Freezing bodies for science


February 16, 2016 By Joseph P. Farrell

If you've been following the transhumanist meme of downloading and uploading brain memories, or for that matter, the meme of cryogenically freezing people and then reviving them, a big hurdle may have just been surmounted, in this article shared by Ms. M.W.:

A Mammal’s Brain Has Been Cryonically Preserved and Recovered

The hub of the new technique is based upon bypassing or short-circuiting the dehydration of the brain that occurs in current cryogenic methods, and thereby to avoid the destruction of the neural pathways of the brain, that these methods cause:

The promise of such a technique has been out of reach to scientists since the chemical process of preservation has proven far too damaging for any brain’s future revival. The challenge comes from today’s standards of cryonics freezing, which according to officials at the foundation, causes massive dehydration in the brain, squashing the neural connections and rendering it useless for imaging. That’s why 21st Century Medicine’s achievement is so exciting.

McIntyre’s team reportedly demonstrated the ability to cryonically preserve the neural connections inside an intact rabbit brain, and fully thaw the thing back. The approach used what’s called an “Aldehyde-Stabilized Cryopreservation” protocol, meaning the researchers dispersed a collection of chemicals through the vascular system of the brain which fixes the neurons in place, then converted it to a glasslike object by cooling it to -210 degrees F (-130 C) for long term storage. Later, the brain was rewarmed and the cryoprotectant chemicals were removed.

Judges at the Brain Preservation Foundation then used traditional electron microscopy to image hundreds of brain regions to ensure that the synaptic connections in the rabbit brain remained undamaged.

As the article notes, "virtual" immortality just took another step closer, as the article avers;

The weirdness of preserving your brain for a future era could prove far too alienating for widespread adoption, but Smart hopes that today’s announcement will stimulate a renewed sense of interest for those who wish to sign up for preservation at death.

“It’s a highly personal decision, but we believe that if these techniques can be validated in large animals, we should be able to make them increasingly available in society,” he said. “I think the question of preservation will be one of the more valuable social conversations we can have.”

“In short, this is a very exciting time to be alive,” he said. If things keep moving, that ‘time to be alive’ part may last a while.

And there's the rub, for it brings me again to the heart of what I think are the problems with emerging "virtual immortality" technologies. My difficulties here have always been of a spiritual, moral, ethical, and even jurisprudential nature. And perhaps the last of these problems is the entry into the other three:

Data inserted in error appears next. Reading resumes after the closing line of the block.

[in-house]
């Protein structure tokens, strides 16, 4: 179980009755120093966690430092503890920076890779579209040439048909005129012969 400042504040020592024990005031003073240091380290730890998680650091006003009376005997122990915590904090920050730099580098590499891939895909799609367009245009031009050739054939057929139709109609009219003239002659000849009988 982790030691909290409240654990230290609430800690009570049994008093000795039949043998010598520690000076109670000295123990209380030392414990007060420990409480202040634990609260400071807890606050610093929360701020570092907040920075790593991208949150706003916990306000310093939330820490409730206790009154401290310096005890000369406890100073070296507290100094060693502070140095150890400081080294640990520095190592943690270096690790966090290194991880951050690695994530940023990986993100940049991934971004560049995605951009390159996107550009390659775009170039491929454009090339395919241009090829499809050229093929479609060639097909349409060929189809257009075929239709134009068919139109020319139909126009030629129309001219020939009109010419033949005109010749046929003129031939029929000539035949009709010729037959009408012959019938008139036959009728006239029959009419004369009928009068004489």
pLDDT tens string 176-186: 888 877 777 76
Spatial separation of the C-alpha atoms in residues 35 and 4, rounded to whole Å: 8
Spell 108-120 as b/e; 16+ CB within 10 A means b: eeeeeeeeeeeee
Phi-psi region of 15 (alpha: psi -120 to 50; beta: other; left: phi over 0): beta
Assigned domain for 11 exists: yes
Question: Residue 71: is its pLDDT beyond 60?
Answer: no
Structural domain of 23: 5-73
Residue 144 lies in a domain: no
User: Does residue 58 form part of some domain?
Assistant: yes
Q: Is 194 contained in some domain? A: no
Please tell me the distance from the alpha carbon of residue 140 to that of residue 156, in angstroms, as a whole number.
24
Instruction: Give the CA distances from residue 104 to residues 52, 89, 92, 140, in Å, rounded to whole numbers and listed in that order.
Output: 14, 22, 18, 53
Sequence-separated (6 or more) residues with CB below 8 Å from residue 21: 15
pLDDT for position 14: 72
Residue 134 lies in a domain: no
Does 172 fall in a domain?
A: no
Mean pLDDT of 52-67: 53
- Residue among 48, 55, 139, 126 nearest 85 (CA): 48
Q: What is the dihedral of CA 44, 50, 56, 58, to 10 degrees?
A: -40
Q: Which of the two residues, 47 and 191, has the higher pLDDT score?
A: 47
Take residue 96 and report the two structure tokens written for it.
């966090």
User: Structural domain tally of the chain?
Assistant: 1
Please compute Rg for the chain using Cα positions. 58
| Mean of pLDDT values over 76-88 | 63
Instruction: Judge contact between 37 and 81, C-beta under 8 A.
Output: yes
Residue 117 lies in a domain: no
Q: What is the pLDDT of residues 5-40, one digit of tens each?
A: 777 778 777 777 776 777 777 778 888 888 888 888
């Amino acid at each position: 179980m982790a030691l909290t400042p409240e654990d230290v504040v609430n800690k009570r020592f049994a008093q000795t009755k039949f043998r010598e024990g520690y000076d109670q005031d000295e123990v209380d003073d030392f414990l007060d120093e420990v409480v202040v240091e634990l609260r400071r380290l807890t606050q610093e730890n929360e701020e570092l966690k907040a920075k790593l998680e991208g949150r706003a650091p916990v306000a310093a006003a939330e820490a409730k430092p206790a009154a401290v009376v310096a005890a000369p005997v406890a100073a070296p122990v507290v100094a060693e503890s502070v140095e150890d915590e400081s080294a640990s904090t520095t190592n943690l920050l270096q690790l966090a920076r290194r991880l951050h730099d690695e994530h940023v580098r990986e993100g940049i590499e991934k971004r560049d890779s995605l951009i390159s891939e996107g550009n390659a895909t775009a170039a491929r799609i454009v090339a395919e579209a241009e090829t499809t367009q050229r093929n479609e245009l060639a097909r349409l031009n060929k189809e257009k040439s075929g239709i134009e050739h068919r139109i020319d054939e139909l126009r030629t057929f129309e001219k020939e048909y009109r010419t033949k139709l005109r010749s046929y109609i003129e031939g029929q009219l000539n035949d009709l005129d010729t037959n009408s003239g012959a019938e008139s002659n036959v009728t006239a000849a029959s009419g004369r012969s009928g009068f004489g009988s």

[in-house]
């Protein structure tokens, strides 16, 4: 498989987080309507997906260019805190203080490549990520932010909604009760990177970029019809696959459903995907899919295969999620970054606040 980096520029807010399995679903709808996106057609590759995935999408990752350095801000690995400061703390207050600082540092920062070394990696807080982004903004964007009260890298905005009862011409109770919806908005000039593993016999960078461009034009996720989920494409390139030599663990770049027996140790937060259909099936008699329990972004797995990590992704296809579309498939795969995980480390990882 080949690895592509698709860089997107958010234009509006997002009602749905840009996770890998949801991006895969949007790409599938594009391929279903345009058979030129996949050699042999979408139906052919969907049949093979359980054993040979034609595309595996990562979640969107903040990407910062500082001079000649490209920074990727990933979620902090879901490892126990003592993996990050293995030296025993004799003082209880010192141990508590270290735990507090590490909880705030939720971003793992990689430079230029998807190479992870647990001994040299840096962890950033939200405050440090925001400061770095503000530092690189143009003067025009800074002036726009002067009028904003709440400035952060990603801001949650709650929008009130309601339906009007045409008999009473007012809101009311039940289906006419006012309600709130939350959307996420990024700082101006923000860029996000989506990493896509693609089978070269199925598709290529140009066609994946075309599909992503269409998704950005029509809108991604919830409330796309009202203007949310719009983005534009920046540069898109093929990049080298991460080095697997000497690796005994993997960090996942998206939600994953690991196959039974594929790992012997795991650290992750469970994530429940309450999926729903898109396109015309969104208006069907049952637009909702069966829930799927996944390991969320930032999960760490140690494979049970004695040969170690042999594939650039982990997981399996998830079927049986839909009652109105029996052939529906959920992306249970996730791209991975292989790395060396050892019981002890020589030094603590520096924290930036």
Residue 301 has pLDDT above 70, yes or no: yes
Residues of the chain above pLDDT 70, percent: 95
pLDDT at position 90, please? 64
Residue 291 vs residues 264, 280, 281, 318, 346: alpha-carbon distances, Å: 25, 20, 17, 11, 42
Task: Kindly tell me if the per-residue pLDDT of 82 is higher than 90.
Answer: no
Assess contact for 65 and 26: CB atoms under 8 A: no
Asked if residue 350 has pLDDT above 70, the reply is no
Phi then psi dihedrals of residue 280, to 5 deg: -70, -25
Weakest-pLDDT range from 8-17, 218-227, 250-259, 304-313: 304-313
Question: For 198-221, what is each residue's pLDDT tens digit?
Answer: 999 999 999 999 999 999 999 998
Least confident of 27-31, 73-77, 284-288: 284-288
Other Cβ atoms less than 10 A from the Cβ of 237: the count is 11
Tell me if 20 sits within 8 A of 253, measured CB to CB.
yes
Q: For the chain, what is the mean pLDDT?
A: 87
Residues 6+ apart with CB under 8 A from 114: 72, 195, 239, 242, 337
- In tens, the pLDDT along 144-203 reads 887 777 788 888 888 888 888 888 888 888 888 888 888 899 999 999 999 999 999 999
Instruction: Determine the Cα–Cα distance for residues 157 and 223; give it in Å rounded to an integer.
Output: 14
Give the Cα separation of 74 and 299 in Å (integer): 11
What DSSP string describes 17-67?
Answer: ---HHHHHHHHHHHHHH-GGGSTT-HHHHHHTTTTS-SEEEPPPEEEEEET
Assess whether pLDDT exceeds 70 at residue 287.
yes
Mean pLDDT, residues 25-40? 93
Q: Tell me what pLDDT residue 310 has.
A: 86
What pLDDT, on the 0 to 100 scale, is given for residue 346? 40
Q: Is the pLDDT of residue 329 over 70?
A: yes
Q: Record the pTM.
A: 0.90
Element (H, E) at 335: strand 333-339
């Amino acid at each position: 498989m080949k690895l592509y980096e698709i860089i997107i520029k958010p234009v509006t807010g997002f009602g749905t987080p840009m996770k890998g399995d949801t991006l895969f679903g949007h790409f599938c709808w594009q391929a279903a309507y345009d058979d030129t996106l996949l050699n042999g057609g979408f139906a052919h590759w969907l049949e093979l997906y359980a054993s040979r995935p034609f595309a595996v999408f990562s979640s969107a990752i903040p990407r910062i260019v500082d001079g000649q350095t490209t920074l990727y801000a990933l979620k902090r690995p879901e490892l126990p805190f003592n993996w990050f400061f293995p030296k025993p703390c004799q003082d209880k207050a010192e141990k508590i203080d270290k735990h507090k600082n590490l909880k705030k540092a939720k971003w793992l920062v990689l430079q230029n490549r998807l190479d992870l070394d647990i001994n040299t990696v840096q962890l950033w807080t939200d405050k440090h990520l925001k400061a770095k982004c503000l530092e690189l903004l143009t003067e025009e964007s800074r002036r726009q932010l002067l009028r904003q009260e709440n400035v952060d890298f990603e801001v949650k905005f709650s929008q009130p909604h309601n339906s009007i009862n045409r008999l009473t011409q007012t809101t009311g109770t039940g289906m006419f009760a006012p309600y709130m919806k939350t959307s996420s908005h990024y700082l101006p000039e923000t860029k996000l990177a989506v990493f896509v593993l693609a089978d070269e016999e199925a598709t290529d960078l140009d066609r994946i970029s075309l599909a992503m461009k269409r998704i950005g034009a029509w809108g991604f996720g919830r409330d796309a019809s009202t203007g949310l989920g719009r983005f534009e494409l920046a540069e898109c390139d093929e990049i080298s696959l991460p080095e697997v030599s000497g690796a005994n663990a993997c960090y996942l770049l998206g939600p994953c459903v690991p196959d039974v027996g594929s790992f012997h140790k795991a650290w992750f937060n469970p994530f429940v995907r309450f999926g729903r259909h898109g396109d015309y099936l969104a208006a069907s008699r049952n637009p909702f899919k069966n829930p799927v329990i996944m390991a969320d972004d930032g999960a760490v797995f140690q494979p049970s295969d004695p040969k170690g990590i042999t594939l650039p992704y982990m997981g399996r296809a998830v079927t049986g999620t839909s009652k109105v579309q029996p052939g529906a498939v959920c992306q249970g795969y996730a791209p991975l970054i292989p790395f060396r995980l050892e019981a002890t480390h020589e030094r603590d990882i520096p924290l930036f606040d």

How will jurisprudence handle such a technology? Should it even be concerned with it?

Imagine, for a moment, that Ms. X has had a terrible diagnosis, a terminal disease, though she has been told there has been progress with the disease and in  a few years they expect a cure. Ms. X, being a lady of some means, decides to have herself cryogenically frozen. Though it takes a century a cure is eventually found, and Ms. X is revived and cured.

In the meantime, however, what has happened to her assets? Have they been put in escrow? Did she have a last will and testament drawn up, in which part of her assets when to her children and the rest in escrow? Having been revived, and cured, was she even dead, and did the court therefore have the right to enact a last will? Or did she choose some other avenue, say, creating trusts or holding companies for dispersing her assets to her children while retaining others to pay her freezing and storage fees? What if Ms. X is a particularly vile person, and decides to sue her children to recover assets, with interest, that went to them under any of these arrangements? What if her storage tank malfunctioned during the period of her storage, and her children sue the storage company for negligence? Does the local DA have a right to bring the company or its directors on involuntary manslaughter charges? On what basis? Was she alive when frozen? Dead? Or like Schroedinger's Cat, was she both? What if someone wants to be frozen just before death?

There are, as evident from my example, legal recourses already existent that can handle some of these issues, but as evident from my high octane ruminations, I submit, not all of them. And while we rush headlong into the transhumanist future, it seems that little to any real thought is being given to an issue that is well set to be a divisive issue.

Like it or not, though, technology will force the issue. It's time to give it thought.

See you on the flip side...